This tea is one of a kind. True ceremonial tea requires a special attitude and teaware to appreciate all the nuances. I hope you have a Yixing teapot, or at least a gaiwan, to do it properly. I recommend following all Gongfu Cha steps to appreciate all the nuances. It's worth it to use quality water and boil it over the fire.
Grown in rocky terrain with unique soil and climate, these matured tea leaves can give a very special taste. Don't hurry and enjoy the aroma as well as the beauty of the whole tea leaf. Woody, smoky, and nutty aroma with bakery notes. Very delicate and gentle fragrance hard to describe.ORIGIN
Wuyishan is an ideal place to grow tea. The volcanic limestone soil in the mountains of WuYi contains the perfect combination of minerals and the deposits necessary for growing tea bushes, as well as the indispensable sun and rain. But one thing is scientific information about the soil and the environment, another is the almost tangible power of the spirit of the Wuyishan mountains.
WuYi has been a place of religious concentration for over a thousand years. For Taoists, Buddhists, and Confucian WuYi continue to be the most important place to stay. The excellent and incomparable soil, climate, and energy of the WuYi mountains are reflected in the taste and aroma of rock tea. "The magnificence of the WuYi mountains - cliffs, flowers, a crystal river, the earth, the sky, and the divine spirit - so naturally and neatly unfolds in a cup of good rock wulong".ORGANOLEPTICS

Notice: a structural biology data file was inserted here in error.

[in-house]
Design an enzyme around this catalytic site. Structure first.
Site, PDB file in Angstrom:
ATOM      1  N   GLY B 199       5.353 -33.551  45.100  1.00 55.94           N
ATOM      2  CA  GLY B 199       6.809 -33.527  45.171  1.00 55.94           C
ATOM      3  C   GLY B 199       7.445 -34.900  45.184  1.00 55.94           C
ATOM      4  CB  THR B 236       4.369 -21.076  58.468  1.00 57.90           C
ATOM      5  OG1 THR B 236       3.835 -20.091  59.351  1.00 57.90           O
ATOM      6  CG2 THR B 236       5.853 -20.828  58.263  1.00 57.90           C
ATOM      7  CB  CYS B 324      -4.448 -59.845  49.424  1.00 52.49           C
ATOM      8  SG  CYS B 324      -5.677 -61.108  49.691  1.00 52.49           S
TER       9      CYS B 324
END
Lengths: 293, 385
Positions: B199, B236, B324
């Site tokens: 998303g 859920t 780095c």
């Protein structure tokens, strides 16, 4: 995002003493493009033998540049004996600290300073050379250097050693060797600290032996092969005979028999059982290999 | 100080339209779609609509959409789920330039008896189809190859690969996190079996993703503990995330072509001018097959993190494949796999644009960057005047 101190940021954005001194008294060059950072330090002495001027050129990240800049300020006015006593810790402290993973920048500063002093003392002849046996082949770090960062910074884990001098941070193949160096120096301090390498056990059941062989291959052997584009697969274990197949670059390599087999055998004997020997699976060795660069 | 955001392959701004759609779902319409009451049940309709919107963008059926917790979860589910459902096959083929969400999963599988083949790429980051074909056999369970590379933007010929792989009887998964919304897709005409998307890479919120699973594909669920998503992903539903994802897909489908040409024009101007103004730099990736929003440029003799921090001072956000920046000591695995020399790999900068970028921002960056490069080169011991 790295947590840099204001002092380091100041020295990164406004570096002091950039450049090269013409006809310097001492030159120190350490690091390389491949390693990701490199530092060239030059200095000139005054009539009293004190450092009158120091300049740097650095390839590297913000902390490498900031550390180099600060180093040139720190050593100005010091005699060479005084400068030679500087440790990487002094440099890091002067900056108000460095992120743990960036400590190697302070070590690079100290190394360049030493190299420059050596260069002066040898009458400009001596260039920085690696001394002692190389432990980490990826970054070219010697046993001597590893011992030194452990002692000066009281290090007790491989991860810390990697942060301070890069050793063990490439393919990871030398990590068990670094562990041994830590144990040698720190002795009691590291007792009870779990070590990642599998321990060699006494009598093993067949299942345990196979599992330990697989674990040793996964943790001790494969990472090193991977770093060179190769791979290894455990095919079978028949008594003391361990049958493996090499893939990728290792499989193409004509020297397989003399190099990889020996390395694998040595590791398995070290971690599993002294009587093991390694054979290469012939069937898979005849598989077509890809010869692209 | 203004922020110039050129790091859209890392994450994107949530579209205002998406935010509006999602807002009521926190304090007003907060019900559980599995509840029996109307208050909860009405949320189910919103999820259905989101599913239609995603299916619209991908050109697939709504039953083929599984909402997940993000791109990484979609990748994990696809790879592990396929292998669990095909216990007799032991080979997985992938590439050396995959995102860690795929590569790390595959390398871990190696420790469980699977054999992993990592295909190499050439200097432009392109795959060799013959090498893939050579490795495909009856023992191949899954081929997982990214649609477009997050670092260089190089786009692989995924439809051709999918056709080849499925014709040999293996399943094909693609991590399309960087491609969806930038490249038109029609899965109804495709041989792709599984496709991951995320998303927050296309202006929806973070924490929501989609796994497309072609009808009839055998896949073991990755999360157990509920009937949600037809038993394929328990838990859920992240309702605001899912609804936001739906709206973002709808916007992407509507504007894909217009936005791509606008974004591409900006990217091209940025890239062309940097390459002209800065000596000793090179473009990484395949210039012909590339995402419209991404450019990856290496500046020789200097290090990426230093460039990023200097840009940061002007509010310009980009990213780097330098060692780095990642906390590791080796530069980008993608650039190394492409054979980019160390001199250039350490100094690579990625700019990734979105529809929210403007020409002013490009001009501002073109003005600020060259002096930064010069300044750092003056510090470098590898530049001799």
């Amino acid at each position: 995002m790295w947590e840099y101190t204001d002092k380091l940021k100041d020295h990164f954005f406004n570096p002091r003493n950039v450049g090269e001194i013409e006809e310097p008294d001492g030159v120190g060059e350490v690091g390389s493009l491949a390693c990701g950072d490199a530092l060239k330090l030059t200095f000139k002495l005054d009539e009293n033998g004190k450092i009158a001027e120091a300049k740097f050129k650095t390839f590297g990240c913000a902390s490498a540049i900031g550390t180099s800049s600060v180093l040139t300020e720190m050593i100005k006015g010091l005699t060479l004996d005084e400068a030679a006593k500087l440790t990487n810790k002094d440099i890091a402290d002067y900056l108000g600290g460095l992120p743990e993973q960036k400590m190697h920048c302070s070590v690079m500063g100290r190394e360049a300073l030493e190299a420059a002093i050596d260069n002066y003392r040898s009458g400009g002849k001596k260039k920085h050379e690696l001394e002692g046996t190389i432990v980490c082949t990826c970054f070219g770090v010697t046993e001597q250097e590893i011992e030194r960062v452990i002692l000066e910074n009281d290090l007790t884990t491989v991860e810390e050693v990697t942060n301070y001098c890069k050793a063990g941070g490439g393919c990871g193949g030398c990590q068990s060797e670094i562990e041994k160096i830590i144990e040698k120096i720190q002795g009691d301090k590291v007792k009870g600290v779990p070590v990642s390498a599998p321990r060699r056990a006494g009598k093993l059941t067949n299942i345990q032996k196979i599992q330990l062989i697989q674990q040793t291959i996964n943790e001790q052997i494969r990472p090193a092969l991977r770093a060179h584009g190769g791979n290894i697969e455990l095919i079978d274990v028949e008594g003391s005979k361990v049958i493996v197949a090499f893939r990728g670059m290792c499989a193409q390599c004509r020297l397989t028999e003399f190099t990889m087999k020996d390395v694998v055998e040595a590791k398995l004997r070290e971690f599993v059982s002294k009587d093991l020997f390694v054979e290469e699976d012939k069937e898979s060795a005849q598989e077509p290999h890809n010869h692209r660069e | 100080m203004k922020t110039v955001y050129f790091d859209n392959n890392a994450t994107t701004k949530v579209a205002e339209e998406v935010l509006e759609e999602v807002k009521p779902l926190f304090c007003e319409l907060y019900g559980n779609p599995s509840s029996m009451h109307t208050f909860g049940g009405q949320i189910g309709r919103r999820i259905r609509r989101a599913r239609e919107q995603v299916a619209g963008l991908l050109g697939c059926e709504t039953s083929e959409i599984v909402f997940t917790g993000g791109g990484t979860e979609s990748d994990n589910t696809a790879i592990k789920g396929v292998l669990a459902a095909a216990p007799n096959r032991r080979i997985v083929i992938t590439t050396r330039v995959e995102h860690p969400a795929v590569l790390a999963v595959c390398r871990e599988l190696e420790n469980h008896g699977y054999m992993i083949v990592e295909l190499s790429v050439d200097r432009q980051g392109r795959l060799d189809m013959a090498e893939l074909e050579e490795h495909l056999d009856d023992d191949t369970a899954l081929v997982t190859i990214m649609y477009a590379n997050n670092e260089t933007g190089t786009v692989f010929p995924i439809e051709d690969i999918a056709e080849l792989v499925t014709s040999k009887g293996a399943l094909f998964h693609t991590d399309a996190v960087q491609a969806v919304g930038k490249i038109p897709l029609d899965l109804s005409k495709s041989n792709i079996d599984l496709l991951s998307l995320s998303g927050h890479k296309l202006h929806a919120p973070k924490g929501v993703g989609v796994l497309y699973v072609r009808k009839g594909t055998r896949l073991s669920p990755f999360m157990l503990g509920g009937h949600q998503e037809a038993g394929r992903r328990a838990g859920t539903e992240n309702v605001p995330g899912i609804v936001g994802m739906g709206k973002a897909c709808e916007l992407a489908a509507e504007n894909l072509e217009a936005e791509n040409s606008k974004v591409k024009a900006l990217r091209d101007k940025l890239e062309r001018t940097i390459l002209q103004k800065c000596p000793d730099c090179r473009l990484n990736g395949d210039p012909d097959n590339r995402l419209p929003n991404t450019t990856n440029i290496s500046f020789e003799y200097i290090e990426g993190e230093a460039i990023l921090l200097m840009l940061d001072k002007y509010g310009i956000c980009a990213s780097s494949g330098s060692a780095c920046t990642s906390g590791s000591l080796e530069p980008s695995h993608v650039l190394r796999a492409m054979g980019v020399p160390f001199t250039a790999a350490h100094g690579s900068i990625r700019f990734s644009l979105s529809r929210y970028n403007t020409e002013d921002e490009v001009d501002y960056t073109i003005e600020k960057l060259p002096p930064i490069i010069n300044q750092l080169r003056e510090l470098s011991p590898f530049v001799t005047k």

Warmed tea leaves start to have notes of chocolate and cacao beans. After rinsing aroma completely changes and develops into sweet and fresh fruity, woody notes. The fragrance in the aroma cup has sugary, flowery, and creamy notes. There are notes, which remind me of the puff pastry, butter cookies, and sandal powder used in the Xiang Dao incense ceremony. Very complex taste with bakery, woody notes with deep long-lasting aftertaste with mineral nuances.